6. You don’t think that that tent might be a tad too flamboyant to be the Malfoys’? Wouldn’t they have an elegant black and silver tent or something? Although the peacocks do suggest it could be them…

  7. Nice little irony this year, Bulgaria and Ireland are in the same FIFA pool. They’ve played to two ties.

  8. My favorite thing in this chapter has to be the little kid prodding the slug with his dad’s wand. Whether it’s a wand or a power tool, little kids will always play with their dad’s things! That’s what I love about the series most I think. JKR manages to mix every day, mundane things, in with the fantastic world of magic in such a perfect way.

  9. Something to remember (though not highly important to the plot of the series): “[Percy’]s been Apparating downstairs every morning since [he passed his test], just to prove he can.” says George. Keep this in mind when reading book 5. :-)

    First the Weasleys say they don’t know how long the match might take, but then they only pay for their camp site for one night. I mean, they can always stay longer and pay afterwards, but it’s just a little something I noticed.

    Something else to remember: Mr. Weasley tells Harry and Hermione a little bit about several Ministry members. Keep an eye out for which of those names come up again later in the series.

    So Mr. Crouch speaks Mermish, Troll and Gobbledgegook. This had me wonder: Are those languages universal or are there for example American Mermish, Polish Mermish, Italian Mermish,…?

  10. I absolutely adore JK’s descriptions of the wizarding world. I love that Harry is learning these things along with us.

    I haven’t thought of the Malfoys either. Good point.

  11. Kim: Now I’m stuck wondering about the finer points of Mermish dialect at 6am during an overnight shift… thanks… lol

    But might it not be Atlantic Mermish, Pacific Mermish, Dead Sea Mermish, etc.?

  12. Since that hilarious wizard talked about wanting a “healthy breeze…” I had the assumption they weren’t wearing much under their robes. Of course, that would have been hard to duplicate in the movies unless they wanted a “Basic Instinct” flair, but I wish they had gone less the route of full prep school uniforms and tried to keep it to some kind of black leggings underneath. Oh well.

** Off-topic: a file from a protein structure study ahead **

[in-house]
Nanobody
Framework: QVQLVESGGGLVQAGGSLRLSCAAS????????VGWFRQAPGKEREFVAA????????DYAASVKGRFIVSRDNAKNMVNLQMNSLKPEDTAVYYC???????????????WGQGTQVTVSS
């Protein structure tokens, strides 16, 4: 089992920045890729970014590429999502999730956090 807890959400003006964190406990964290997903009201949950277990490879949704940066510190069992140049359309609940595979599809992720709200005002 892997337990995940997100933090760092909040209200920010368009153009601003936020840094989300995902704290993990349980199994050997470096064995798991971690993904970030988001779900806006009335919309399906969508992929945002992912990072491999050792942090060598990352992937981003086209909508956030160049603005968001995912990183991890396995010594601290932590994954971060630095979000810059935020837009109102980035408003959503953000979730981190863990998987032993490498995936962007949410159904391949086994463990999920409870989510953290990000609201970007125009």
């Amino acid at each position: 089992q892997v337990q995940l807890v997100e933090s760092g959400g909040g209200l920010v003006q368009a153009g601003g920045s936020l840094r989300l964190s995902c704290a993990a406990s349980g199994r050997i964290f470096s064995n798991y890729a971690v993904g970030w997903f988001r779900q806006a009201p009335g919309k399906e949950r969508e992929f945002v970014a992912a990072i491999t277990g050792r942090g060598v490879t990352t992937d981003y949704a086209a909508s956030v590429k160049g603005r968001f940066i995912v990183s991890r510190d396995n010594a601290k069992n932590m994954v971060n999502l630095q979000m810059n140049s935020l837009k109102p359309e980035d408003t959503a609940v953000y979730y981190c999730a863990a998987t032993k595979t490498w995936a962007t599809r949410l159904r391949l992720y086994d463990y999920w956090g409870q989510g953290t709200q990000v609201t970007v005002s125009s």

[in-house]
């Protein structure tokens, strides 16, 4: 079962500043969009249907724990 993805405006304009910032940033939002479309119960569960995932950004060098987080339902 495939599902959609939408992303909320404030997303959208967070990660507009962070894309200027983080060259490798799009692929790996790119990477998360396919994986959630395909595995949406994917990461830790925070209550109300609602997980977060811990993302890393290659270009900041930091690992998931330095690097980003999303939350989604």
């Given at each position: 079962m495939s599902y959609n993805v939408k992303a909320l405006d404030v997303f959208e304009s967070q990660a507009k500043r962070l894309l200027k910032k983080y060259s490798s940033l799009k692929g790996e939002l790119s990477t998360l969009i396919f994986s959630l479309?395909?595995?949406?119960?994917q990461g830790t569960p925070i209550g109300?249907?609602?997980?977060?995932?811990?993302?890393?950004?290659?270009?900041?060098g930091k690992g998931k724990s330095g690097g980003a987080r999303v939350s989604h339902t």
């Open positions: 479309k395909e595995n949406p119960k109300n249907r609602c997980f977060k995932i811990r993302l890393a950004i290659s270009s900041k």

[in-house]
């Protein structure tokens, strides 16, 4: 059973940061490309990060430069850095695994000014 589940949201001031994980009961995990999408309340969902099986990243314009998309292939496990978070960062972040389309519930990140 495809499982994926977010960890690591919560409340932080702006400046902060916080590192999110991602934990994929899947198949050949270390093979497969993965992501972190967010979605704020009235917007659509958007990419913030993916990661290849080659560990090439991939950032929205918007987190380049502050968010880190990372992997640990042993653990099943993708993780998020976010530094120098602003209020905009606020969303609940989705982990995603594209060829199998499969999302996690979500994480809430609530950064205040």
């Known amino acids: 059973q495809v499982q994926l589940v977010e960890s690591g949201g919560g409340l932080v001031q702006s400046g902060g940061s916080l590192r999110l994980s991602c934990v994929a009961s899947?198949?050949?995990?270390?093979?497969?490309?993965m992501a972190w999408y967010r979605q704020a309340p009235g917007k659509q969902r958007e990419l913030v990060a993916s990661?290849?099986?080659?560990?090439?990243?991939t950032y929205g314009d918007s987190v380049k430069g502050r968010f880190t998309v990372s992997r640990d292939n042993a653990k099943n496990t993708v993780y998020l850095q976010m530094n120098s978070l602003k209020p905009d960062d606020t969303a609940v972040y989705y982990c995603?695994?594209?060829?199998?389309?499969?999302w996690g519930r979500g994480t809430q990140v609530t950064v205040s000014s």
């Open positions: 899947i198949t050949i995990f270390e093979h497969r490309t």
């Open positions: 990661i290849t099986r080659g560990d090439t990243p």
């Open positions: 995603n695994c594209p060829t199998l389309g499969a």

13. I didn’t even connect the peacocks in the yard to the peacocks at the Malfoy Manor. Nice catch

  14. Don’t forget this gem! Every time I come across those words describing Archie’s nightgown, I can’t help but think of this animation by Emmy Cicierega (of Potter Puppet Pals fame, no less!)

  15. I love the Mermish ideas!

    Something that’s seemed odd to me here is the conversation between Arthur and Barty about flying carpets. If they’re banned because they’re muggle items, why aren’t flying brooms banned? I imagine this is just one of those things in the series that is the way it is because that’s how JKR writes it. But is there a logical explanation?

  16. Isn’t it peculiar that Barty Crouch can’t get “Weasley” correct when talking to Percy, but addresses Arthur by name? I would think, considering other peoples’ ability to immediately identify the Weasleys by hair color, that Crouch would at least know his surname.

  17. Laura, I’m am clutching at straws a bit here, but maybe because brooms for us muggles now-a-days are nothing like old school wooden brooms with twigs? Making them inherently magical as opposed to carpets which remain essentially the same… except for the flying part!

  18. Kathryn, I don’t think that’s clutching at straws at all. Flying brooms are specially made for the purpose by the magical community. Buying a broom at Wal-Mart and putting a flying charm on it would come under misuse of muggle artifacts (though Arthur Weasley would probably find it fascinating and try to sneak it home…).

  19. Does anyone else feel a tinge of sadness when they read Amos’ line about “you will be able to tell your grandchildren…” to Cedric?

  20. Austen-
    Every single time. But that’s the point- foreshadowing at it’s best…

  21. Clare, I love that little animation and also think of it every time I read that passage. Now I have the remix version in my head and don’t mind a bit. :)

  22. I would think that such things as camping and “tailgating” would be beneath such VIPs as the Malfoys. The camps were set up because it took weeks to bring everybody in (and I assume a similar amount of time to return them) — so people with the worst tickets may have been there for a month.

    The Malfoys, on the other hand, would have swept in at the last possible time as guests of the minister with no inconvenience to them. Just like taking hours to get into the Superbowl, unless you’re a politician or pop star du jour. My guess is there was a portkey in Fudge’s office to be used at his whim.

  23. I really love the scene at the water line, expecially that Hermione is giggling so bad that she has to leave the line.